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Avaliar Greenough River Mouth


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Greenough River Mouth Swell Statistics, All Year: All Swell – Any Wind

The rose diagram shows the variation of swells directed at Greenough River Mouth through a typical year. It is based on 34628 NWW3 model predictions since 2006 (values every 3 hours). The wave model does not forecast surf and wind right at the shore so we have chosen the best grid node based on what we know about Greenough River Mouth. In this particular case the best grid node is 20 km away (12 miles).

The rose diagram describes the distribution of swell sizes and swell direction, while the graph at the bottom shows the same thing without direction information. Five colours show increasing wave sizes. The smallest swells, less than 0.5m (1.5 feet), high are coloured blue. These happened only 0.4% of the time. Green and yellow illustrate increasing swell sizes and red represents the biggest swells, greater than >3m (>10ft). In each graph, the area of any colour is proportional to how frequently that size swell was forecast.

The diagram suggests that the prevailing swell direction, shown by the biggest spokes, was SW, whereas the the prevailing wind blows from the SSE. Because the wave model grid is away from the coast, sometimes a strong offshore wind blows largest waves away from Greenough River Mouth and out to sea. We group these with the no surf category of the bar chart. To avoid confusion we don't show these in the rose plot. Because wind determines whether or not waves are clean enough to surf at Greenough River Mouth, you can view an alternative image that shows only the swells that were expected to coincide with glassy or offshore wind conditions. Over an average year, swells large enough to cause surfable waves at Greenough River Mouth run for about 92% of the time.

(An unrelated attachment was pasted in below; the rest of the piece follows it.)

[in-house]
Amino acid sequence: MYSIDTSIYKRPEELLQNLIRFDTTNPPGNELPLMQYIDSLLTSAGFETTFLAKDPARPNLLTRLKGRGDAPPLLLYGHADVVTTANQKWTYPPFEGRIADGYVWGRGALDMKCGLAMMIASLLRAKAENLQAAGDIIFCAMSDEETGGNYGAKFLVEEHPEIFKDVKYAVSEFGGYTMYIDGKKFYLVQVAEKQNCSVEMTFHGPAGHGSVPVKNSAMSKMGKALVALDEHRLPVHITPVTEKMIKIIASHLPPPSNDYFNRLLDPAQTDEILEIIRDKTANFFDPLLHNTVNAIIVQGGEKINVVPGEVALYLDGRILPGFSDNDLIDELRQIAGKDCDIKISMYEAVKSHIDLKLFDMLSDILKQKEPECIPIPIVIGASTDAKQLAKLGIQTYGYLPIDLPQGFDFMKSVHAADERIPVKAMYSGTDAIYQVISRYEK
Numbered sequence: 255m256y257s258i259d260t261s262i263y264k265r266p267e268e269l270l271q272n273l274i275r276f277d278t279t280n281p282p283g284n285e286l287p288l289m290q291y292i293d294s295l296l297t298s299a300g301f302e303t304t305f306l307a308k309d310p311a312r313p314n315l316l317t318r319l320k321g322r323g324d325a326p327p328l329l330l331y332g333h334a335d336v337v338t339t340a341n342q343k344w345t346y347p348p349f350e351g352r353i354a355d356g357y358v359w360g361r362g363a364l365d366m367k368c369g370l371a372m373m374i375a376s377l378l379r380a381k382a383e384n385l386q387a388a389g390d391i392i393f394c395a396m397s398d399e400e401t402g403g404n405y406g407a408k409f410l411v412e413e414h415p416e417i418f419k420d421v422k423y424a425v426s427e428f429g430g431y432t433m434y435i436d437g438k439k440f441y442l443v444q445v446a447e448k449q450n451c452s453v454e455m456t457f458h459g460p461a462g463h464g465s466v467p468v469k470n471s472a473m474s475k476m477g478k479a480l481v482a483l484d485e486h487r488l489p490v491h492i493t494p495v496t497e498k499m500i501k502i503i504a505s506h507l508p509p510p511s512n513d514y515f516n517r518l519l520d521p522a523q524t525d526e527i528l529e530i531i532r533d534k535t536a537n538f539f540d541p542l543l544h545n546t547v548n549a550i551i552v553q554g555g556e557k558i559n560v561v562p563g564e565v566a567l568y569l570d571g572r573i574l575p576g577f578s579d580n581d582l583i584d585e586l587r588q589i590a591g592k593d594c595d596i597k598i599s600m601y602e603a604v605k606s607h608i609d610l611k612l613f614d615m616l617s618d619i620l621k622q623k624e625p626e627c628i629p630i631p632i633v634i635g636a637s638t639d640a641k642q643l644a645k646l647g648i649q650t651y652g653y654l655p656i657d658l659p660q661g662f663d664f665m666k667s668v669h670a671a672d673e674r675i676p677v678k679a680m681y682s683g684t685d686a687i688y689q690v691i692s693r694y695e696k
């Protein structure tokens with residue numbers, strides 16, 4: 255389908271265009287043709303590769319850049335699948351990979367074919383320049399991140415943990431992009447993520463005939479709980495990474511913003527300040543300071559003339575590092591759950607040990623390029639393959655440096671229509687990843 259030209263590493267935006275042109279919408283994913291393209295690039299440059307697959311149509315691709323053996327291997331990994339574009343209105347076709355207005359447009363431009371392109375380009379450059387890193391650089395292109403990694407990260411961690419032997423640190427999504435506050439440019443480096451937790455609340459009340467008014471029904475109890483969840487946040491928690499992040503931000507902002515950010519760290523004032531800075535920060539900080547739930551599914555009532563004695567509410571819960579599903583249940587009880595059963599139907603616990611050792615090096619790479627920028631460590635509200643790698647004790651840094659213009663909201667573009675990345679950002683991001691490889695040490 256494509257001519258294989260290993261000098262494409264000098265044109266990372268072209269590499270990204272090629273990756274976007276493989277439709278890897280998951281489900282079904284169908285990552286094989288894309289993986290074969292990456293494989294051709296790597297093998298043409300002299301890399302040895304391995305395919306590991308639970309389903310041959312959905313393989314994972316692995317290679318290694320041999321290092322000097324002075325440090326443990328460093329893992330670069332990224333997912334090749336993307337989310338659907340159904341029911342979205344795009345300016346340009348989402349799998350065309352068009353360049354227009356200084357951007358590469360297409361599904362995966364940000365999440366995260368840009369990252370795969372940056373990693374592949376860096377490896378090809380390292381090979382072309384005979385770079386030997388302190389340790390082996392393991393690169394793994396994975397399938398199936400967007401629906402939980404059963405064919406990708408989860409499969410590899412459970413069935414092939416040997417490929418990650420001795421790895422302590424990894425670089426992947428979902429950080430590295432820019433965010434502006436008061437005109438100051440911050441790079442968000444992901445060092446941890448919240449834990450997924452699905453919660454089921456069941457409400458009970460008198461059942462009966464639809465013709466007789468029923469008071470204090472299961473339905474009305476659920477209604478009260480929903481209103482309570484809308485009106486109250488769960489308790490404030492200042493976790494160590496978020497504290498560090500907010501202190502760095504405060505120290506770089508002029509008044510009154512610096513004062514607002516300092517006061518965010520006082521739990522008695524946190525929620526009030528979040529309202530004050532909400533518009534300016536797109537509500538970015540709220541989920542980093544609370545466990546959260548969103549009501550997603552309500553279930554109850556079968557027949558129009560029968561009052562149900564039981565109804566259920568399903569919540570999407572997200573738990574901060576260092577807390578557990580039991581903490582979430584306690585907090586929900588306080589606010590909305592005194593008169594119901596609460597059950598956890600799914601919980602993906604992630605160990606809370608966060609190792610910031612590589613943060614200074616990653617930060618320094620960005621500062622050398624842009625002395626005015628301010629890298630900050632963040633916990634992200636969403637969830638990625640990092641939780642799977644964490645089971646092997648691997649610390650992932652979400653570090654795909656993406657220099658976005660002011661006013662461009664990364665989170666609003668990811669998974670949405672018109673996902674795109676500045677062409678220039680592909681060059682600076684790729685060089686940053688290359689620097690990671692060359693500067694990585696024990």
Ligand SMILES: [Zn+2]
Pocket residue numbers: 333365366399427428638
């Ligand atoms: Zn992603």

IMPORTANT: Beta version feature! Swell heights are open water values from NWW3. There is no attempt to model near-shore effects. Coastal wave heights will generally be less, especially if the break does not have unobstructed exposure to the open ocean.